Sudan, with the ongoing war, child abuse is now the order of the day

Sudan, with the ongoing war, child abuse is now the order of the day

ROME - In 100 days of conflict in Sudan, theUNICEF recorded about 2,500 serious violations of children's rights, with an average of one abuse every hour. These figures are almost certainly downwards, since they are only those that UNICEF has become aware of.

The data released. At least 435 children have been killed in the conflict and another 2,025 have been injured. In addition to the minors who have lost their lives, the organization denounces the increase in attacks against health facilities in many parts of Sudan. Some 68 percent of hospitals in the hardest-hit areas have had to shut down and at least 17 facilities have reportedly been bombed. Again: an unspecified number of hospitals have been transformed into military bases and UNICEF reports reports of many ambulances attacked while transporting the wounded. "The impact this conflict is having on children in Sudan today is beyond comprehension," says Ted Chaiban, deputy executive director of the UN Children's Fund. “Every day children are killed, injured, kidnapped and schools, hospitals, vital infrastructure and life-saving supplies are damaged, destroyed or looted,” concludes Chaiban.

Child abuse. After three months of conflict, millions of families have been displaced by the violence. Before the crisis nearly 3.8 million people were already displaced in Sudan and 1.9 million of these were children. To this human river have now been added another 1.7 million minors, fleeing between the internal and external borders of the country. All fragile creatures, vulnerable to hunger, disease, violence and often forced to separate from their families. Reports of kidnappings, recruitment of children into armed groups, ethnic and gender-based violence are also on the rise, with 4.2 million women and girls at risk of rape and ill-treatment.

The difficulties for humanitarian aid. The lack of security in almost the whole country also complicates the passage of humanitarian aid, because the same operators of non-governmental organizations and international agencies are at risk. Doctors Without Borders last week in Khartoum suffered a violent attack near the Turkish hospital, which it manages, and in a statement it specified that if minimum guarantees are not given on the safety of health workers, it will be forced to stop its activities. Meanwhile, the lack of aid has left at least 690,000 children exposed to severe acute malnutrition and 1.7 million of them, under the age of one, at risk of missing out on basic vaccinations.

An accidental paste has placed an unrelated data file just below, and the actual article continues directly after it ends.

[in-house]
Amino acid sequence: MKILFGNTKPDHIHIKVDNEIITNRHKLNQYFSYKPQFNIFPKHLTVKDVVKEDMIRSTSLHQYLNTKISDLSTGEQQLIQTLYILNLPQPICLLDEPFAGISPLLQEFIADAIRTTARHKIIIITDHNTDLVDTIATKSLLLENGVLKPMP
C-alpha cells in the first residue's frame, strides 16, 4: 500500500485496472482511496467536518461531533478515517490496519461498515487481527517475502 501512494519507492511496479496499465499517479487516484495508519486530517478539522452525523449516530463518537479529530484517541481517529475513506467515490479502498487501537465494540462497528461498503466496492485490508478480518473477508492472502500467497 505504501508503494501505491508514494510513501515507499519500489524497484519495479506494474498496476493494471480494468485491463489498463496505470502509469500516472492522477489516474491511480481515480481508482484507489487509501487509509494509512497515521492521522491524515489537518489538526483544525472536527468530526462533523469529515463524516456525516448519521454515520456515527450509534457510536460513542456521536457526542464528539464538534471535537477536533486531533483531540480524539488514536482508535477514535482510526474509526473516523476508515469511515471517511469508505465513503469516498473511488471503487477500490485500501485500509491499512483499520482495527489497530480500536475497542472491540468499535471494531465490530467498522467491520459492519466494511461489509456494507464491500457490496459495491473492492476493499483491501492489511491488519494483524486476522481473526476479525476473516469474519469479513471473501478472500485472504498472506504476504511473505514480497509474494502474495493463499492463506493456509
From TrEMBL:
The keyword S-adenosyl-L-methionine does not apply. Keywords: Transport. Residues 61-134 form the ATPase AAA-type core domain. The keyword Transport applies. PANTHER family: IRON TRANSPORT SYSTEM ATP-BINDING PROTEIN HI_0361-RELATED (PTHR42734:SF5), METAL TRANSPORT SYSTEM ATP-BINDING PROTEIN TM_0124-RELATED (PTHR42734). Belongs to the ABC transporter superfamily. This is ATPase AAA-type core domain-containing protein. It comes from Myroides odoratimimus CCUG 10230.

The work of UNICEF. To date, the humanitarian organization has delivered more than 5,500 tons of life-saving supplies across Sudan, including the hotspots of Darfur, Kordofan and Khartoum. However, as the fighting continues, needs mount, especially among communities cut off from humanitarian support. To help all the displaced people in Sudan - writes the organization - 838 million dollars are needed to be allocated to health care, nutrition programs, water, sanitation, education and protection structures for the most vulnerable children. But this project, to date, has only been funded for 9 percent.

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